Despite all of the potential a project management office (PMO) may be able to deliver, they have the tendency to fail. What distinguishes a successful PMO implementation done by a great PMO leader? In a post for PM Hut, Michelle Greer elaborates on some factors that differentiate the great PMO leaders from those that are sub-par.
Three Factors for PMO Success
- Having small wins
- Use the pull vs. push approach.
- Make the processes and tools valuable.
It is easy to become fixated on the final, big goal that is the completion of the project, but there are smaller “wins” along the way that should be acknowledged. Oftentimes PMOs are viewed as a hindrance to the organization, only creating more work. By illustrating a few wins, it keeps everyone motivated to see the good PMOs can bring. Try to find the elements that can be quickly deployed and work slowly and steadily. Take one step at a time; it is not a race.
No one likes to be pushed into something, even something that may be immensely beneficial to them. Push management is fast and furious, and these managers tell people what to do and how. This leads to fast progress, but leaves little room for discussion in the group. Pull management is a slower approach, but far more sustainable. Everyone in the team will be given the time to develop, and eventually everyone will actively contribute to the team in a meaningful manner. Different projects warrant different approaches, so evaluate and execute accordingly!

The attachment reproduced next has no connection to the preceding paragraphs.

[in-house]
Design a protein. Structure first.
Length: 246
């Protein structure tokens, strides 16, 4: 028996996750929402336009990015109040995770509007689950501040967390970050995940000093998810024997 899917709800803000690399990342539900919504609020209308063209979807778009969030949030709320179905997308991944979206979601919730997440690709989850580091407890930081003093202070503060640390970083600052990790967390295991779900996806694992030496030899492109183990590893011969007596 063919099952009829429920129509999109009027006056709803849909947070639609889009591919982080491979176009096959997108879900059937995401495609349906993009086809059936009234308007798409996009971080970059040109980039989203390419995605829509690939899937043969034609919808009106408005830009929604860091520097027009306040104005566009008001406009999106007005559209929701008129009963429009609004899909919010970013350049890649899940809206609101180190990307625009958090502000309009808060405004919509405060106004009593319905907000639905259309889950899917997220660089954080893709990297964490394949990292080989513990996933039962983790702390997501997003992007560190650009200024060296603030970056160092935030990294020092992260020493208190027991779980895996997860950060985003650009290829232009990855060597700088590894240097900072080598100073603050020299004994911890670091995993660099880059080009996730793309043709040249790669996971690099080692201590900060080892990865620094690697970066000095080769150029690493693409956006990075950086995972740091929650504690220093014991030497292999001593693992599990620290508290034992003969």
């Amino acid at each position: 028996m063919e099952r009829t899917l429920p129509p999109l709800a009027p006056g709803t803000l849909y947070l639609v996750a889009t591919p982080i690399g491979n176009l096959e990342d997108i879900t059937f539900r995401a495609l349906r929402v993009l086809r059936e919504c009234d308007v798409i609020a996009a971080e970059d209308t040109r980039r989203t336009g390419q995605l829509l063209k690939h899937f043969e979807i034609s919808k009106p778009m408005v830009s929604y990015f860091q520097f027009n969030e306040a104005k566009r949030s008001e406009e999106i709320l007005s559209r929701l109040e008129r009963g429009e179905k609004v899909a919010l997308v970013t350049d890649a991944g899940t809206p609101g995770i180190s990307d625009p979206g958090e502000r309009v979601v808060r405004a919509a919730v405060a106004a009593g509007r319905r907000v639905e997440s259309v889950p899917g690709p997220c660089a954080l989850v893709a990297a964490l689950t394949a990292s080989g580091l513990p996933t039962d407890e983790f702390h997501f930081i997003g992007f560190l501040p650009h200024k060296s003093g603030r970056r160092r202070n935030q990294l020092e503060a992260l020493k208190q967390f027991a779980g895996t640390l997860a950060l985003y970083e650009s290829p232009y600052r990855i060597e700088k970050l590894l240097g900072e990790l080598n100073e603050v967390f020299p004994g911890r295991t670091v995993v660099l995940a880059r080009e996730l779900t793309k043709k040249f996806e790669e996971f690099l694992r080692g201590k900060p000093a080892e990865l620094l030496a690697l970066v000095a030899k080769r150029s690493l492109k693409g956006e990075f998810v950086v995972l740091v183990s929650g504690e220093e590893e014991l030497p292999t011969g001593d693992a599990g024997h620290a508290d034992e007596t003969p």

It is great to have processes and tools that are valuable to the leaders, but they are not the ones who are using them every day. It is the team themselves that should be able to voice their opinions and suggest ways to make the processes work more effectively for them. Try to keep processes simple and manageable.
You can read the original post here: http://www.pmhut.com/advice-from-the-field-what-makes-a-successful-pmo